In 1967, Dr Thomas Cullity established Margaret River’s first winery and named it Vasse Felix.  He sold the property to the Gregg family, which in turn sold to the current owners, the Holms á Court family.  Virginia Willcock, also a Roseworthy College enology alumnus, joined the winery in 2006.  She has been making wine in Margaret River for over 25 years, which has given her the opportunity to see how the vineyards perform in different conditions.  One of her goals is to get the best expression of each vintage. 

The vineyards are farmed with organic and sustainable practices.  Grapes are hand-harvested, and fruit lots based upon vineyard site and clone are selected for the designated Chardonnay levels Filius, Premier or Heytesbury.  Grapes are chilled, whole-bunch pressed, and unclarified juice is transferred to French oak barrels to ferment on natural yeasts.  Wines are aged on the lees with regular battonage (stirring of the yeast lees).  For the 2013 Heytseybury there was no malo-lactic fermentation.

The 2014 Filius ($25, importer Negociants USA) was light and bright with pineapple, buttery aromas and round citrus flavors with crisp acidity.  The 2013 Chardonnay ($40) showed vanilla, citrus, stony aromas and textured, chalky, ginger, peach flavors with bright acidity.  Heytesbury ($60) was intense, concentrated, elegant, yet powerful with citrus and stone fruit and vivid acidity

Later in July, I trekked up the side of Spring Mountain in Napa Valley on a narrow winding road to visit Stony Hill.  Fred and Eleanor McCrae purchased the property in 1943.  They planted their first Chardonnay vineyard in 1947.  At the time, the grape that was to become California’s most widely planted wine grape (97,826 acres reported in 2014 according to Wine Institute) was scarce and not well understood.  The McCrae’s were warned that Chardonnay was not a particularly good choice, but they followed their dream and released their first vintage in 1952.  They may be the first to market wine direct to consumers, because they sold their inaugural wine by sending letters to friends.  They continue to sell to their mailing list, as well as to select restaurants and through distributors in some markets.

Fred McCrea was the winemaker until his death in 1977.  Mike Chelini, who was hired in 1972 as vineyard manager and assistant winemaker, became the winemaker.  He still holds that job today, making wine the way it has always been made at Stony Hill--by showcasing the fruit.  The grapes are dry-farmed and hand harvested, then crushed then pressed with no skin contact.  The juice is inoculated with Montrachet yeasts and barrel fermented using at least 10-year-old- barrels that impart no woody flavor.   “I don’t want the taste of oak in my wines,” said Chelini, who also insists that the wines not exceed 13.5 percent alcohol.  The wine is racked off the lees to avoid yeasty flavors and mal-lactic fermentation is blocked: minimal winemaking, maximum fruit.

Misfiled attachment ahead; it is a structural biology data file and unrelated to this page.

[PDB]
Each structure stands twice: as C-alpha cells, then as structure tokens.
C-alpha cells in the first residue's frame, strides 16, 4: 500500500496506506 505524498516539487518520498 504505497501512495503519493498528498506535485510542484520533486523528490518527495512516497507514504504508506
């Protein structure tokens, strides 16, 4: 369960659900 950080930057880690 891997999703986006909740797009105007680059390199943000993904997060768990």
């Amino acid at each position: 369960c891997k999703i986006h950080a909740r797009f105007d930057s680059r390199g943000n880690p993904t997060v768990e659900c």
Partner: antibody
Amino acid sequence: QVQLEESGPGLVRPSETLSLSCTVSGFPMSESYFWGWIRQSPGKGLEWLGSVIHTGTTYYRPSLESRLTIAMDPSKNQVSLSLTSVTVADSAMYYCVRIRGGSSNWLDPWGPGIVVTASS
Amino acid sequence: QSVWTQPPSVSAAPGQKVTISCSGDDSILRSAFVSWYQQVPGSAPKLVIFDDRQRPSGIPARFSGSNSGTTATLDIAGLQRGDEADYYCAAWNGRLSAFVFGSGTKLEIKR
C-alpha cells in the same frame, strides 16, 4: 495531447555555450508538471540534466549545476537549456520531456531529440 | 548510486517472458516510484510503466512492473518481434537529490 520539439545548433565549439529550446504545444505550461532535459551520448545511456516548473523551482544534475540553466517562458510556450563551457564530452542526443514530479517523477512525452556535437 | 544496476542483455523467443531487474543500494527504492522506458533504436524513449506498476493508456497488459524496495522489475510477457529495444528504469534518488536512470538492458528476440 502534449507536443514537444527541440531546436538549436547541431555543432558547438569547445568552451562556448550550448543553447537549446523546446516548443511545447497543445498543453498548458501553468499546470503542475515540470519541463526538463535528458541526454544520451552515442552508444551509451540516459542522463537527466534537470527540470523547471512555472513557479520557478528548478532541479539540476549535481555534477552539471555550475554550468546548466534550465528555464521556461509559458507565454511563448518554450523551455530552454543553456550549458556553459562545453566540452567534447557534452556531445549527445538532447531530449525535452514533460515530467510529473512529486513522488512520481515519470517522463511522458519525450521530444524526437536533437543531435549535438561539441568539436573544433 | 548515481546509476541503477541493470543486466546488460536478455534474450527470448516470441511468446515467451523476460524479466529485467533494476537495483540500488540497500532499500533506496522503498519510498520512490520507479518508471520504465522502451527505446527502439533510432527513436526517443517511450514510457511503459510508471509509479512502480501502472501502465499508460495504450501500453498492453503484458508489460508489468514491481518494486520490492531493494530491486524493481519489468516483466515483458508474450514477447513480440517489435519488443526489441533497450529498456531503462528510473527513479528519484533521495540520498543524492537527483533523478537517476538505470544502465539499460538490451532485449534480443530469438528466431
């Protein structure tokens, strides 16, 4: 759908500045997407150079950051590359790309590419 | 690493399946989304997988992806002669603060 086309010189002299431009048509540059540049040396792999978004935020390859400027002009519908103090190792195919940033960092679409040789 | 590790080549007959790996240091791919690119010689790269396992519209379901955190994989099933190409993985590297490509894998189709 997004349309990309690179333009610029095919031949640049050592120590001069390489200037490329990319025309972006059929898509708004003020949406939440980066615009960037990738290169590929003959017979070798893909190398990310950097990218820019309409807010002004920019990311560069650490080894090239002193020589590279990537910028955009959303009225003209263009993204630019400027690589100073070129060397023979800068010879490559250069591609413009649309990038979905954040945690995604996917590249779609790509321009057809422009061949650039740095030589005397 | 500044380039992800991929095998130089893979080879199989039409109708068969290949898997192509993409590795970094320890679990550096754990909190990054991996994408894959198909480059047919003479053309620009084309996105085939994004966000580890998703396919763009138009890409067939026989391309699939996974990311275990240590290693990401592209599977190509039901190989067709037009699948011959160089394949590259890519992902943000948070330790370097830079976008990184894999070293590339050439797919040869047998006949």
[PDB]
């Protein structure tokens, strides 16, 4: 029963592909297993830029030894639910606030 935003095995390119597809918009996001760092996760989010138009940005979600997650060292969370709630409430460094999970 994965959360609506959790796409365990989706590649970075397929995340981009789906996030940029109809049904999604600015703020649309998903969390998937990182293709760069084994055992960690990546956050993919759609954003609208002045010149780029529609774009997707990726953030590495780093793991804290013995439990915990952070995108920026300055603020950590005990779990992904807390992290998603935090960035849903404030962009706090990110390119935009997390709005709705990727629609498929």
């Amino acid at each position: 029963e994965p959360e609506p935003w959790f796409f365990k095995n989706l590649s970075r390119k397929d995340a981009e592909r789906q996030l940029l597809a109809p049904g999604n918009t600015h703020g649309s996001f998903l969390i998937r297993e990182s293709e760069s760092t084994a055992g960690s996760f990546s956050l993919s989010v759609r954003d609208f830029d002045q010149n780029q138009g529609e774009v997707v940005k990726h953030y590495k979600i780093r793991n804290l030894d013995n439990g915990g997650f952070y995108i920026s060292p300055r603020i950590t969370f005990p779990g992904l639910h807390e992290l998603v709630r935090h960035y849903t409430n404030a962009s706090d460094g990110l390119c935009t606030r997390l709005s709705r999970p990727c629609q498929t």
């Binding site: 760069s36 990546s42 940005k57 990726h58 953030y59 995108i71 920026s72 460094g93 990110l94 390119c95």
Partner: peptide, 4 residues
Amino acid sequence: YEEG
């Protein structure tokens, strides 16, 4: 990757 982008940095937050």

My visit was hosted by Sarah McCrea of the third generation, along with Chelini.  It was a gloriously sunny day and vines were bathed in golden light.  We met our hosts at the California ranch-style house that was the McCrea’s home, but now is a guesthouse.   We walked down to the barrel room (which looks like the only change over time has been replacement of old barrels with different old barrels), then back through the vineyards to taste a few wines.  Chelini poured four vintages of the Chardonnay beginning with the 2012 ($27), which was lean with bright citrus, lemon zest, green apple fruit layered with stony mineral notes and bright with crisp acidity.  It was linear and tangy, but not sharp.  As we tasted our way back through 2011, 2010 and 2009 the wines became more round in the mouth, but retained their crispness.

The founders of these three wineries were pioneers in their respective regions.  They chose to focus on making world-class Chardonnay true to their region.  Each winemaker has a different winemaking approach, but they work with intimate knowledge of their region, their vineyards, and their fruit to make the best Chardonnay each vintage allows.  Their exemplary efforts demonstrate the heights that can be attained with Chardonnay in multiple New World locations, and should prompt other vintners to strive for comparable levels of excellence.